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    Increased type-I interferon level is associated with liver damage and fibrosis in primary sclerosing cholangitis
    (2024)
    Salzmann, Rebekka J.S. 
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    Krötz, Christina 
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    Mocan, Tudor 
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    Mocan, Lavinia P. 
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    Grapa, Cristiana 
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    Rottmann, Sophia 
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    Reichelt, Ramona 
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    Keller, Cindy M. 
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    Langhans, Bettina 
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    ; ; ; ;
    Krawczyk, Marcin 
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    Milkiewicz, Piotr 
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    Sparchez, Zeno 
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    Lammert, Frank 
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    Gonzalez-Carmona, Maria A. 
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    Willms, Arnulf 
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    Strassburg, Christian P. 
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    Kornek, Miroslaw T. 
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    Dold, Leona 
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    Lukacs-Kornek, Veronika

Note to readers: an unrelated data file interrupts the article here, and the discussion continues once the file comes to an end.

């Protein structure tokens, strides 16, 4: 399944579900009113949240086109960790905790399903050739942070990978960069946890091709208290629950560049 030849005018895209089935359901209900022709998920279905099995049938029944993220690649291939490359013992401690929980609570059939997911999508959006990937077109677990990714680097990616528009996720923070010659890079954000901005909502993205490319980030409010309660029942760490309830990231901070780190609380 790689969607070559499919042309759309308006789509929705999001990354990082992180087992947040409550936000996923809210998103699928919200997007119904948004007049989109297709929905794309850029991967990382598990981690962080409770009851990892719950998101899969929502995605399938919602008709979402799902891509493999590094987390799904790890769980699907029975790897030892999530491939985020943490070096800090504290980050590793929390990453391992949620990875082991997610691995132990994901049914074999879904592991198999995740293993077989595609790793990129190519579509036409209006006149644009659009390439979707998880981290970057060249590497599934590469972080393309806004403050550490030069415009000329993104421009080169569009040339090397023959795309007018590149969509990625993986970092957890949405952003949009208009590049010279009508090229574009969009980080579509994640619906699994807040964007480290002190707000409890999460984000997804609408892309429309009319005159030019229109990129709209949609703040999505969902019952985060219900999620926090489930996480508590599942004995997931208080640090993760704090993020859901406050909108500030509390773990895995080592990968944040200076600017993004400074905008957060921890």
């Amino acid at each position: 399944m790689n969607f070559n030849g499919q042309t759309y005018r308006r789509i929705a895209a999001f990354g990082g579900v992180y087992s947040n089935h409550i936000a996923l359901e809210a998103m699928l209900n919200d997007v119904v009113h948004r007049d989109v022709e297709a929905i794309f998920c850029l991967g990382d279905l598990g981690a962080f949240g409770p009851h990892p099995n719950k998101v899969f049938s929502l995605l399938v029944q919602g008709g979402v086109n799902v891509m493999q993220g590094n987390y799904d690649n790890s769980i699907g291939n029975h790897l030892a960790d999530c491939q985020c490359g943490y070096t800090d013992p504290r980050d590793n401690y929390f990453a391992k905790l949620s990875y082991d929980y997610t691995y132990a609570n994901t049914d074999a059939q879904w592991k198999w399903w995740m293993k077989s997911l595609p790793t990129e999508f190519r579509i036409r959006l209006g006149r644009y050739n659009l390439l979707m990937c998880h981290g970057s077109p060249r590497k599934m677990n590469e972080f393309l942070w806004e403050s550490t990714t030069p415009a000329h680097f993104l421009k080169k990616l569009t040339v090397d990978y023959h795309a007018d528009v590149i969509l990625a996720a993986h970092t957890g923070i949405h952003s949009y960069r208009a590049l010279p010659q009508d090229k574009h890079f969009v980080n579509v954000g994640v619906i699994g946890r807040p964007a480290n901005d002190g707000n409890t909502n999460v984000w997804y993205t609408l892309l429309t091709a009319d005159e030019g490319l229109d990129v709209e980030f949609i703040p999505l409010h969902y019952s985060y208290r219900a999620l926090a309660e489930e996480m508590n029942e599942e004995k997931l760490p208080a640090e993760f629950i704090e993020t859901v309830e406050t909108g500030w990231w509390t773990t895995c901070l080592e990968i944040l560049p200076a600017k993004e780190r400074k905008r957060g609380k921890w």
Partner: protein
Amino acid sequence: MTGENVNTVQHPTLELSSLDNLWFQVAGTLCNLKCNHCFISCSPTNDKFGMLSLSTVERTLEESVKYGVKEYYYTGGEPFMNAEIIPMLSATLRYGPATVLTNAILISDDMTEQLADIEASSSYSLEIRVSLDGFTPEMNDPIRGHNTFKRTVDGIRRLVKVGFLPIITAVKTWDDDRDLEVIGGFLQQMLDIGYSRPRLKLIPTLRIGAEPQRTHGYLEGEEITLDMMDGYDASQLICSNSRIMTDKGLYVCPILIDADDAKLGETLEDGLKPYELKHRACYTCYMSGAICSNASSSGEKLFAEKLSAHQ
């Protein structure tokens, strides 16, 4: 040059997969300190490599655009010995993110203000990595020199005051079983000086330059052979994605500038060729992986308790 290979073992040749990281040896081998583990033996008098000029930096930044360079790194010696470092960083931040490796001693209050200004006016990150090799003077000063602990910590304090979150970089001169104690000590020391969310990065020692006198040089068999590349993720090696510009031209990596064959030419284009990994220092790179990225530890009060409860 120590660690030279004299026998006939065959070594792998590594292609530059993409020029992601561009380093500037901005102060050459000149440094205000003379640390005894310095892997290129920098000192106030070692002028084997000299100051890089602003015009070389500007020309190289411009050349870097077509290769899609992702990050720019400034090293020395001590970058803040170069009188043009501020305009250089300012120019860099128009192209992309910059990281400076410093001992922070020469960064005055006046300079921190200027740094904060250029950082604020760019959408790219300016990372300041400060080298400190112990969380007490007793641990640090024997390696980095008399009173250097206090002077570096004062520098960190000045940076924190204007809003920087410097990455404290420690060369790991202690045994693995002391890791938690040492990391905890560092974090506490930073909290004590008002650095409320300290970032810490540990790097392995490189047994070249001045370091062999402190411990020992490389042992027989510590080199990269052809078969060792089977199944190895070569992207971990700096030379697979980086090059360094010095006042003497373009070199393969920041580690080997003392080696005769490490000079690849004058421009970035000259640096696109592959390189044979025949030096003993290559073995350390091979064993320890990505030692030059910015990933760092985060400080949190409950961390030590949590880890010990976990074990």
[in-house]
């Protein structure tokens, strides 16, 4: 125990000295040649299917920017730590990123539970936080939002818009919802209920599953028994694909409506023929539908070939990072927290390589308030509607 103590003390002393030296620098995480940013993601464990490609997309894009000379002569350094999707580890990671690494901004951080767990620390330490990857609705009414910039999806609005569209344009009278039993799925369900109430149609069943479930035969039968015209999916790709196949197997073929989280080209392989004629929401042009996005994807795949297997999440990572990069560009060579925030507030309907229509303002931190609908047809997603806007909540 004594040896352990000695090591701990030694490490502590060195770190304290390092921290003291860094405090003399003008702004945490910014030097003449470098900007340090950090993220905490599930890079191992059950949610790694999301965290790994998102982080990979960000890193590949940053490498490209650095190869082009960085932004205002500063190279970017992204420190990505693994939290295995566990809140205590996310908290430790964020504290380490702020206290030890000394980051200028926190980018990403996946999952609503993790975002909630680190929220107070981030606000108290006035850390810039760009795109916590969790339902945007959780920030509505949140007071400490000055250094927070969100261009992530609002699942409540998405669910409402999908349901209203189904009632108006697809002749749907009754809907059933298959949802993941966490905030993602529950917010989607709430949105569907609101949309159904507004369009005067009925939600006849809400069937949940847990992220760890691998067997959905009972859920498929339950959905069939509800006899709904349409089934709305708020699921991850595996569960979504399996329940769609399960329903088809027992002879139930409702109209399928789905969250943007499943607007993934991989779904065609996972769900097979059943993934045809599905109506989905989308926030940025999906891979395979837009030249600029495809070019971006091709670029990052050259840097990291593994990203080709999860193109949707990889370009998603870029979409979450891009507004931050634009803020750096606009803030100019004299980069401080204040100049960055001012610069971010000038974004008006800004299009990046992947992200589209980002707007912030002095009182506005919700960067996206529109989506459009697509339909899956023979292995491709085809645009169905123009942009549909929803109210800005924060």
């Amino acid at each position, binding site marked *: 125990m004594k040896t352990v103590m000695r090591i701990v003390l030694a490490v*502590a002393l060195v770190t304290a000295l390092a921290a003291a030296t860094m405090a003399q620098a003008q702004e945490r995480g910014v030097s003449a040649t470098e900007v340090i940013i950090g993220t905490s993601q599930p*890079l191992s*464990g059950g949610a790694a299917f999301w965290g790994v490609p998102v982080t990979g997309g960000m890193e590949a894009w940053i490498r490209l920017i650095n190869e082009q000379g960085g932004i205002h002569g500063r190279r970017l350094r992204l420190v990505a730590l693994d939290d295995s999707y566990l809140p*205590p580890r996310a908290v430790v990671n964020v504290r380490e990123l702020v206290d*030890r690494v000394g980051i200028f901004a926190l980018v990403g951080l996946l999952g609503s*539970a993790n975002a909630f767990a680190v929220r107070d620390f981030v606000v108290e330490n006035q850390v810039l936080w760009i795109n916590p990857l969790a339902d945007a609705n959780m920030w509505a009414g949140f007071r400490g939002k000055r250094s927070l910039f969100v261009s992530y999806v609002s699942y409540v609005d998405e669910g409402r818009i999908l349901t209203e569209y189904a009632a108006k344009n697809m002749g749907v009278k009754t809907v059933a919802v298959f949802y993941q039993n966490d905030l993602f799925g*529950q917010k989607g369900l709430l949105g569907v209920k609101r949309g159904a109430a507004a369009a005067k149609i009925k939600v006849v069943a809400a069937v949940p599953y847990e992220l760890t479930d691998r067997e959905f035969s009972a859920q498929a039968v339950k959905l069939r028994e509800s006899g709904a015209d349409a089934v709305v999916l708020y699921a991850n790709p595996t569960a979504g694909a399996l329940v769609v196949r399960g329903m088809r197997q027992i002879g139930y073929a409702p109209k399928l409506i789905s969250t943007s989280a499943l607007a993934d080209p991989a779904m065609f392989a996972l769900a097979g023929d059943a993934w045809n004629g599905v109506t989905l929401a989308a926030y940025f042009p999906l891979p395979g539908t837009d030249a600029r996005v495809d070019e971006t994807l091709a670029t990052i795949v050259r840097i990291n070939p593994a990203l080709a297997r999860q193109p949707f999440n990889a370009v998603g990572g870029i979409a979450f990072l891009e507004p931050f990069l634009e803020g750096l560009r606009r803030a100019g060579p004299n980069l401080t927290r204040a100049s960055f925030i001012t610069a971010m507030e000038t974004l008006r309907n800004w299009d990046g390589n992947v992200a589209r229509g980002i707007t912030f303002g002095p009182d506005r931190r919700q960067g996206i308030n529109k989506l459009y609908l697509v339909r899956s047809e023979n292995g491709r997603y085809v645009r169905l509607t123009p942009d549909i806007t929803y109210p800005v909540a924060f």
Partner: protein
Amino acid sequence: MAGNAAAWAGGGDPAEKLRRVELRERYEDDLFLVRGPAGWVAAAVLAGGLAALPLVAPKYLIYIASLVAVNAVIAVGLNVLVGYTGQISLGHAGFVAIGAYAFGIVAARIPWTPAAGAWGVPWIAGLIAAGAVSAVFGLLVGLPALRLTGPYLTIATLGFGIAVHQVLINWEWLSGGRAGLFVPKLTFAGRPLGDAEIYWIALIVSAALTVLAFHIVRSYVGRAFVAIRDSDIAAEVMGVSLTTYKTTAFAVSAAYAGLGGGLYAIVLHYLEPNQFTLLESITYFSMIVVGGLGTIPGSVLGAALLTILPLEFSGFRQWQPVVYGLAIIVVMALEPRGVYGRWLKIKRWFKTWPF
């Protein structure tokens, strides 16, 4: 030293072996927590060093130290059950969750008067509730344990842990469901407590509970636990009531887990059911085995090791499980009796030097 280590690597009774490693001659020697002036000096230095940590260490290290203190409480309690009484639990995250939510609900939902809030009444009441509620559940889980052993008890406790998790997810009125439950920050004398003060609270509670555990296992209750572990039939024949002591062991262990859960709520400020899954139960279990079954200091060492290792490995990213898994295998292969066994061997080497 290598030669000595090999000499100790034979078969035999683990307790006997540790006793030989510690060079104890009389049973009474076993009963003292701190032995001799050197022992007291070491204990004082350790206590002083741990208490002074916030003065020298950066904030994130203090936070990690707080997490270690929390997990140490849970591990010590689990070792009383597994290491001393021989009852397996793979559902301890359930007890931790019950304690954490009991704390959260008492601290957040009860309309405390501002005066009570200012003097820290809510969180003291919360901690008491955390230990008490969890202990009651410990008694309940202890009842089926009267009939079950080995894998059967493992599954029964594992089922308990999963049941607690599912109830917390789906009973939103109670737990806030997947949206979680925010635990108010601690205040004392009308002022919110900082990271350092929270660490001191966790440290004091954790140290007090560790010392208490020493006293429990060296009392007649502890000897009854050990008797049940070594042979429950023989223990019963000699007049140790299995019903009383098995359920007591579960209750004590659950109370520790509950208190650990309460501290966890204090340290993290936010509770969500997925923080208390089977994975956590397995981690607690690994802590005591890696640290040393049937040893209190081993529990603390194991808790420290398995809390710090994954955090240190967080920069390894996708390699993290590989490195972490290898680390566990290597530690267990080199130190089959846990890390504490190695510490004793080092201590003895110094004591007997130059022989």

Background: The level of type-I interferons (IFNs) in primary sclerosing cholangitis (PSC) was investigated to evaluate its association with disease activity and progression. Methods: Bioactive type-I IFNs were evaluated in a murine model of PSC and human patients’ sera using a cell-based reporter assay and ELISA techniques. In total, 57 healthy participants, 71 PSC, and 38 patients with primary biliary cholangitis were enrolled in this study. Results: Bioactive type-I IFNs were elevated in the liver and serum of multidrug resistance protein 2–deficient animals and showed a correlation with the presence of CD45+ immune cells and serum alanine transaminase levels. Concordantly, bioactive type-I IFNs were elevated in the sera of patients with PSC as compared to healthy controls (sensitivity of 84.51%, specificity of 63.16%, and AUROC value of 0.8267). Bioactive IFNs highly correlated with alkaline phosphatase (r=0.4179, p<0.001), alanine transaminase (r=0.4704, p<0.0001), and gamma-glutamyl transpeptidase activities (r=0.6629, p<0.0001) but not with serum bilirubin. In addition, patients with PSC with advanced fibrosis demonstrated significantly higher type-I IFN values. Among the type-I IFN subtypes IFNα, β and IFNω could be detected in patients with PSC with IFNω showing the highest concentration among the subtypes and being the most abundant among patients with PSC. Conclusions: The selectively elevated bioactive type-I IFNs specifically the dominating IFNω could suggest a novel inflammatory pathway that might also have a hitherto unrecognized role in the pathomechanism of PSC.
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